Last night when I saw a tiny girl in a miniskirt and heels, slumped over in the arms of a guy, I had to stop and at least ask what was going on. At first, the guy had a startled look in his eyes, and was definitely sweating--maybe from the strain of carrying her, or because he was so damn suspicious. His first response to me was that her friends told him to take her home from an event, but I knoooow that gals travel in packs, especially when going o-u-t for real, and few friends would ditch their distressed miss into a strange man's arms.
I wasn't sure if this girl just drank too much, or was potentially drugged, so I treaded lightly at first. Roofies are fast acting and only take 10-20 minutes to reach full potency. They cause drowsiness, lowered blood pressure, muscle relaxation, dizziness, slurred speech, poor reaction time, confusion, and memory impairment. We live in a culture full of sexual violence and their is plenty of information about Date Rape Prevention...but that's the wrong language. Date Rape is almost impossible to prevent, so we have to combat it by watching out for suspicious behavior, and safely challenging potential perpetrators.
When I confronted him about this unconscious lady and asked if she had been drugged, he simply laughed and said, “Oh yeah, I’m sure this looks like something out of a movie."
One, roofies are not a joke. Two, you are a big dude dragging a tiny, dolled up girl into a car; you don’t get to make jokes. I felt suspicious and told him that if he knew her, he could call her roommate or friends to come meet us to bring her home. As we discussed Jane's night and how John ended up with her, it became clear to me that something was off and she would not be safe alone.
My instinct was to ask this dude as much info about Jane as I could until he either cracked and gave up, or his story didn’t add up and I could straight up report him for being a creep. Key questions:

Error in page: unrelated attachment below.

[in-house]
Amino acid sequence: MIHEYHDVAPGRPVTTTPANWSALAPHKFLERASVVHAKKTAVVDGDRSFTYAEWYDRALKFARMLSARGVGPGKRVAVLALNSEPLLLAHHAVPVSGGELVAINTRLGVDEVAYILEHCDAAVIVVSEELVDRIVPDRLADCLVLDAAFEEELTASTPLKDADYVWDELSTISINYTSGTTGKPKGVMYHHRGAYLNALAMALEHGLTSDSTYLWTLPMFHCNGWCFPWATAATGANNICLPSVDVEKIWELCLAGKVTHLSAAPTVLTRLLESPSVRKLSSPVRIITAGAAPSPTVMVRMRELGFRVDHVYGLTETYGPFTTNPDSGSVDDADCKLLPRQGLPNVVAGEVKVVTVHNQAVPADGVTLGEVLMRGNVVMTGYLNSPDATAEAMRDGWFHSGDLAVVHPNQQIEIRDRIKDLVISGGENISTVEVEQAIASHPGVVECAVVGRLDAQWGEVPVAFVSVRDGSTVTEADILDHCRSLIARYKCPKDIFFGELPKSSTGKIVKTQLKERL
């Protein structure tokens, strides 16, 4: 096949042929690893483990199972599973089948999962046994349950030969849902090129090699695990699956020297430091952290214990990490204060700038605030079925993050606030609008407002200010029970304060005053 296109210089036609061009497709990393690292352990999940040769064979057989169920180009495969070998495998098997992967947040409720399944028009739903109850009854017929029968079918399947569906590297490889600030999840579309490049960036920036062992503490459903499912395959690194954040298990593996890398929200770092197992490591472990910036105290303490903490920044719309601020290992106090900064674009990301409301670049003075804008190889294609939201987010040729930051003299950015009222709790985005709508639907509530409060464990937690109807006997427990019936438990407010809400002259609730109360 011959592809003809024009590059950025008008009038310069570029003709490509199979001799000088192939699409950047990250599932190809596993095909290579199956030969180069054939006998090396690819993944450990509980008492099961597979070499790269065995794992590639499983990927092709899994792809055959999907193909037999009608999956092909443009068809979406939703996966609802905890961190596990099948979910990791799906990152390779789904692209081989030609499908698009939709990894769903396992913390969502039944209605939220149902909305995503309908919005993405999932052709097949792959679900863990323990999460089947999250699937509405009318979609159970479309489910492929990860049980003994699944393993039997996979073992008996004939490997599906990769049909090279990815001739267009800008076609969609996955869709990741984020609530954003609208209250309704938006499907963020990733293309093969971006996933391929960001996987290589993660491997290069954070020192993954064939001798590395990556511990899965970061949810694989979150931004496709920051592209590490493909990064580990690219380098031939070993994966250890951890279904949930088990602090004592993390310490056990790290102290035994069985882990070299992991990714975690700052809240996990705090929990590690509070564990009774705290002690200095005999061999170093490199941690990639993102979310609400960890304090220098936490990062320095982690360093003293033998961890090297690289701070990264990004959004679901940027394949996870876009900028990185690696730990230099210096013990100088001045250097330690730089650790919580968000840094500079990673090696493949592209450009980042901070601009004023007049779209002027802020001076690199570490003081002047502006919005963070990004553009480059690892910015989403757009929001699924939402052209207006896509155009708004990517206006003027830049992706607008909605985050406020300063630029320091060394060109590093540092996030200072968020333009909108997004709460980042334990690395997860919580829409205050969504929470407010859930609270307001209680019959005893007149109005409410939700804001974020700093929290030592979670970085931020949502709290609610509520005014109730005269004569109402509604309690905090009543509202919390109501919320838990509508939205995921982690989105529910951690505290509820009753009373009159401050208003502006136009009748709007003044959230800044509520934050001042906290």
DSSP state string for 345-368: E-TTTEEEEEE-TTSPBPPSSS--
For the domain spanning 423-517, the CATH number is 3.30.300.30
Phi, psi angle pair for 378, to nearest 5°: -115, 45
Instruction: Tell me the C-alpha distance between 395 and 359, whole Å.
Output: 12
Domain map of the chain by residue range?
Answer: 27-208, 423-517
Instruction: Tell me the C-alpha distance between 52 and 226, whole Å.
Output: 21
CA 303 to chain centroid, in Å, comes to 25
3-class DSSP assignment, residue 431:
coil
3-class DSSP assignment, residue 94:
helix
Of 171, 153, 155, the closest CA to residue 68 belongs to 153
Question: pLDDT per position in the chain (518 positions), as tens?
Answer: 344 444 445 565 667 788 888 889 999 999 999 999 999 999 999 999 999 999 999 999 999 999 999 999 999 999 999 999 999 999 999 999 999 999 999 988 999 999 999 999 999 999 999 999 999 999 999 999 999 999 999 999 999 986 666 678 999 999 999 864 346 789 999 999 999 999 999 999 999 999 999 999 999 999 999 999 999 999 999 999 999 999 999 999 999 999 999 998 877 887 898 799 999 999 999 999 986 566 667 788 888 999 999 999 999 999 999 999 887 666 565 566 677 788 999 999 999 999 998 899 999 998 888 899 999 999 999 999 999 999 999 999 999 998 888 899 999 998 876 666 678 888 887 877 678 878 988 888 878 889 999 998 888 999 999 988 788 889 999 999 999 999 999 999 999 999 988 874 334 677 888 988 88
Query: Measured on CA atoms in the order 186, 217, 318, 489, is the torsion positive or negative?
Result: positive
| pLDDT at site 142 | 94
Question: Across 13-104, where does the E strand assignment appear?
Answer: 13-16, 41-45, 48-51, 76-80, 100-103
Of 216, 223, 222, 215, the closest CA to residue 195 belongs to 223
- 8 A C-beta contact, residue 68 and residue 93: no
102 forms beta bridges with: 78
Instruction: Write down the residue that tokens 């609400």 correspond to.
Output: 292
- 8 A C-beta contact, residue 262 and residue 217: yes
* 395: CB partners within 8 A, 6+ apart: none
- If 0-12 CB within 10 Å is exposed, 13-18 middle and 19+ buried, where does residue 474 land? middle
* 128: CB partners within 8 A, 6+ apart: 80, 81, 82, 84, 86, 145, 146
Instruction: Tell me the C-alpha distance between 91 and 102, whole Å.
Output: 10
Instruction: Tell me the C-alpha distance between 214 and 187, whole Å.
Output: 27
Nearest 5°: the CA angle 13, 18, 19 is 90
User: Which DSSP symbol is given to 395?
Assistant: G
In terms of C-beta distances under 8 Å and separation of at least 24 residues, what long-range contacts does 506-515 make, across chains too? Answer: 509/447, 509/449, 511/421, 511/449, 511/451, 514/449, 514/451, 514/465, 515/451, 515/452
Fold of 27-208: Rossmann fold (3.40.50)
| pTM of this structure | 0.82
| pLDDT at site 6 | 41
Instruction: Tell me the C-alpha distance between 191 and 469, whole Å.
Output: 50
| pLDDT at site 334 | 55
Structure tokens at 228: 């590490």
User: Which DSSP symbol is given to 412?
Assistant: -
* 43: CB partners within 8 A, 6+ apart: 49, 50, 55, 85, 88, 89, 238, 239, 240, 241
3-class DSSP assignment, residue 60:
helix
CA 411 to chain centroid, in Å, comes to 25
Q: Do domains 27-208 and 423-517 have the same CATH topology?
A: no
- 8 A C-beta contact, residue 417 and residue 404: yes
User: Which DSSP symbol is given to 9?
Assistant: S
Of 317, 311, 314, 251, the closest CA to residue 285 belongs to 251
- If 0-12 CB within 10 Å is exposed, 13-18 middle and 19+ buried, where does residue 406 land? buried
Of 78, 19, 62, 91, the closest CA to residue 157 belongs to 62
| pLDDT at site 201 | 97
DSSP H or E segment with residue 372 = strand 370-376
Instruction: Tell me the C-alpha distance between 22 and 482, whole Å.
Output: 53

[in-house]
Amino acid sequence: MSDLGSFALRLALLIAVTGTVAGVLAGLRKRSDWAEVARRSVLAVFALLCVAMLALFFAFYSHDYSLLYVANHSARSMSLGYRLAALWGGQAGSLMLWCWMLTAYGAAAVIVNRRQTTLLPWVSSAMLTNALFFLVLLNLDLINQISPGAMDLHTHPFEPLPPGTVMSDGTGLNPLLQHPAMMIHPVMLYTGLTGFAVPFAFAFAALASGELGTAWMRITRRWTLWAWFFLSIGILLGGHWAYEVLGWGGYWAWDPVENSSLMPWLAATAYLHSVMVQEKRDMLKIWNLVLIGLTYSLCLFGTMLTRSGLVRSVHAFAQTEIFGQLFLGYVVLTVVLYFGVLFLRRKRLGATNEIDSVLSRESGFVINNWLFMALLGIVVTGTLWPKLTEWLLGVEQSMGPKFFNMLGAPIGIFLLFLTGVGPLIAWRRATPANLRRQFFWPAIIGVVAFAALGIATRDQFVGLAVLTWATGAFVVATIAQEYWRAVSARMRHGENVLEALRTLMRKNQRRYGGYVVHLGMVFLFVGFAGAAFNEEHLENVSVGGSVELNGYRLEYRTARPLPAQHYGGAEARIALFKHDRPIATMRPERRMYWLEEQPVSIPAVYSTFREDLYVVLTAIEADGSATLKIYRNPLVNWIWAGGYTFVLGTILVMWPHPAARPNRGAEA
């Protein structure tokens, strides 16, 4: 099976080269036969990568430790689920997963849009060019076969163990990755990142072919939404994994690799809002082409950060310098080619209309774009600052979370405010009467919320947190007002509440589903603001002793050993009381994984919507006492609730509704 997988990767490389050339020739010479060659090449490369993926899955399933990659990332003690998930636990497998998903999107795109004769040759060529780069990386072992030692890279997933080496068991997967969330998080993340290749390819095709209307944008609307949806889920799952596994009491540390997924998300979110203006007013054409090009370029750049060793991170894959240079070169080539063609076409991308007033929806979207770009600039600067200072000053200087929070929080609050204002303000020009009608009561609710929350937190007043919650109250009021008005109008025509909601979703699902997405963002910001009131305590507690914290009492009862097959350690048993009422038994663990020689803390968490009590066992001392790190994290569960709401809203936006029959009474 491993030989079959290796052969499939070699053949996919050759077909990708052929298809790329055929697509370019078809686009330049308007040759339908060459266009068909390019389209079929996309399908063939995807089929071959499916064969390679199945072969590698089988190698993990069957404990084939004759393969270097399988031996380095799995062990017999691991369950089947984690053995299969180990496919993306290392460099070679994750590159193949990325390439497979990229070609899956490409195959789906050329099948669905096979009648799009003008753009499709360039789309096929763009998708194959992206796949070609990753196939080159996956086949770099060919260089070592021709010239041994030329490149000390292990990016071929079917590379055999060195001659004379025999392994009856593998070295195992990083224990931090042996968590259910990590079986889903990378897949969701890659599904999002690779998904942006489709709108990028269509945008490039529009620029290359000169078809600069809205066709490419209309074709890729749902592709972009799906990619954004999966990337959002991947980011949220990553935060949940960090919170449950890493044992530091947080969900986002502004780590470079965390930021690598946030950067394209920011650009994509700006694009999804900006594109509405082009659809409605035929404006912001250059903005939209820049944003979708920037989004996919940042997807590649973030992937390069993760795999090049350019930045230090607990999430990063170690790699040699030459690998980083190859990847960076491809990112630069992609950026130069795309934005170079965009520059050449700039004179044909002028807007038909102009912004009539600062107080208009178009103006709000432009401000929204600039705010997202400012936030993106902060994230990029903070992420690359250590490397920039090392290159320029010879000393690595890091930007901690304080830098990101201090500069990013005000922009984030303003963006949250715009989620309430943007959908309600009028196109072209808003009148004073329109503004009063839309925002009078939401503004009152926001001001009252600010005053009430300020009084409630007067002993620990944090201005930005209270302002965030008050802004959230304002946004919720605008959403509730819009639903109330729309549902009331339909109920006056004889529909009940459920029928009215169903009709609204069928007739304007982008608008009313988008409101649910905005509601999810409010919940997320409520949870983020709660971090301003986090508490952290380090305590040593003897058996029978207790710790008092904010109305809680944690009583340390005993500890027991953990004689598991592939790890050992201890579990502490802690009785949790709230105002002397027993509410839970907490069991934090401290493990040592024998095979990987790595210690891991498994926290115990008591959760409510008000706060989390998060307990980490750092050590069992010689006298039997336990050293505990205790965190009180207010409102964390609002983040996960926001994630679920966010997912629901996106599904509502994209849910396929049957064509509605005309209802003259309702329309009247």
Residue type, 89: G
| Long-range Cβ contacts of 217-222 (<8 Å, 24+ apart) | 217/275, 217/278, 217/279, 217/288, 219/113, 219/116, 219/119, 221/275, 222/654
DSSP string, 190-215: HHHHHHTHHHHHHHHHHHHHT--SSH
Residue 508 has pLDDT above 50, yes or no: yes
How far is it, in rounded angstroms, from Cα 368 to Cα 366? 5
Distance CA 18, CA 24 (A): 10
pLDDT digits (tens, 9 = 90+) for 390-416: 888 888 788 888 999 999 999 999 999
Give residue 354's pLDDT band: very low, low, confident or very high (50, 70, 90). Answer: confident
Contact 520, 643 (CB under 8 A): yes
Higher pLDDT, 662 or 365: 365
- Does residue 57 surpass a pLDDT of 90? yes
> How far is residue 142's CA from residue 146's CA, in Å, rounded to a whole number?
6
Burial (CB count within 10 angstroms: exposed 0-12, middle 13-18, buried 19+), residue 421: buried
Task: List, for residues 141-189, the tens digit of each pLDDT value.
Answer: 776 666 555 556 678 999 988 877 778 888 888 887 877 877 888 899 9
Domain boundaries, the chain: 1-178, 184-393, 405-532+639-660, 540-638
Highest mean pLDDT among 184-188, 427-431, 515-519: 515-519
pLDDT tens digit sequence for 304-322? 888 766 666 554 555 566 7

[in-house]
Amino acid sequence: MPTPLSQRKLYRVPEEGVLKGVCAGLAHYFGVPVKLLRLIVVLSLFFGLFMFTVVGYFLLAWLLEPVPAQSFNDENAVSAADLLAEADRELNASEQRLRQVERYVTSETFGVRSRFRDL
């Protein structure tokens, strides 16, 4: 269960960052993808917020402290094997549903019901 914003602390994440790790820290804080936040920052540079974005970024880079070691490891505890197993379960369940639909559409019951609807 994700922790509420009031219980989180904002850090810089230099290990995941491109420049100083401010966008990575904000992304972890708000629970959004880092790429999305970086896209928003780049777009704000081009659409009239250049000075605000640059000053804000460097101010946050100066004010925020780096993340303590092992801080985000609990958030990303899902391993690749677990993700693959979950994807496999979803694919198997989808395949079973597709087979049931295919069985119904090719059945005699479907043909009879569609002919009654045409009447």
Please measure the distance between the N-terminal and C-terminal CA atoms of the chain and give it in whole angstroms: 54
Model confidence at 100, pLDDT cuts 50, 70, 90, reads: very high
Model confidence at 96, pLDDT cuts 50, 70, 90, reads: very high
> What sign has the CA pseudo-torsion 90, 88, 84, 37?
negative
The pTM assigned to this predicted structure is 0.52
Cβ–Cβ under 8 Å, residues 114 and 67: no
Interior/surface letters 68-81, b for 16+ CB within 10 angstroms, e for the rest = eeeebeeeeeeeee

- Where are you coming from?
- What are you doing here tonight?
- How much did she have to drink?
- Where are you headed?
- Where are her friends?
- Why aren’t you bringing her back to her own place?
- What is her name?
- Where does she go to school?
Most importantly, I didn’t give him the option of being alone with her. Confronting a suspicious person can be dangerous, so always exercise caution if you choose to intervene in a suspicious situation. Approach carefully, pay attention to body language and don’t be alone with this person.
The next step was getting Jane inside to a safe space, which was luckily an NYU building with security, who took one look at her and said that they had to call an ambulance to get her out of there. This policy is enacted because intoxicated people are a liability -- but after explaining my concerns about drugging, they cut me some slack to hang out and wait for back up from her friends. Many universities have rules about intoxication, but will also work with you to get necessary help for someone.
So with Jane's limp body now slumped into my lap, I tried to wake her, checked her breathing, kept reminding John to call her friends or any other person from the event who knew where she lived. At first he told me that they were "kinda dating" and then told me he was just doing her friends a favor by bringing her home (to his place, not hers?). John eventually left after the RA on duty showed up and started asking lots of questions. Buh-bye!
Jane’s night ended covered in sangria-vomit in the back of an ambulance, which was the best of the many other awful options that seemed possible that night. I am incredibly glad I trusted my gut, and questioned what didn't seem right. Now a bad hangover was all Jane had to nurse the next day.
The moral of this story is that a little questioning can go a long way, and suspicious behavior should be addressed. Don't just assume things are okay, or trust someone else to intervene. John made me feel like I was being a nuisance to him, but isn't it better safe than sorry for the sake of Jane? This event didn’t take place in a dingy bar or a quiet part of town, it was on a busy street corner, next to a full bus stop of onlookers, next to many college dorms, restaurants and bars. Security and the RA made jokes about how often stuff like this happens, so why aren’t we learning to protect and help one another? Although it was a long night and I ended up covered in someone else’s puke, I hope that others may follow my example and we can all get some positive karma out of this. Wouldn't you want someone else to do the same for you?
You can find lots more information about Rape and Violence Prevention here. Take the time to educate yourself on how to remain safe while keeping others safe.
Editor's note: this story shows how small acts of heroism can make a huge difference in the lives of others, and how you can work against the reality of sexual violence and assault. Keep being awesome, Kelsey!
Images Courtesy of CDC, NYU, and Save Edmonton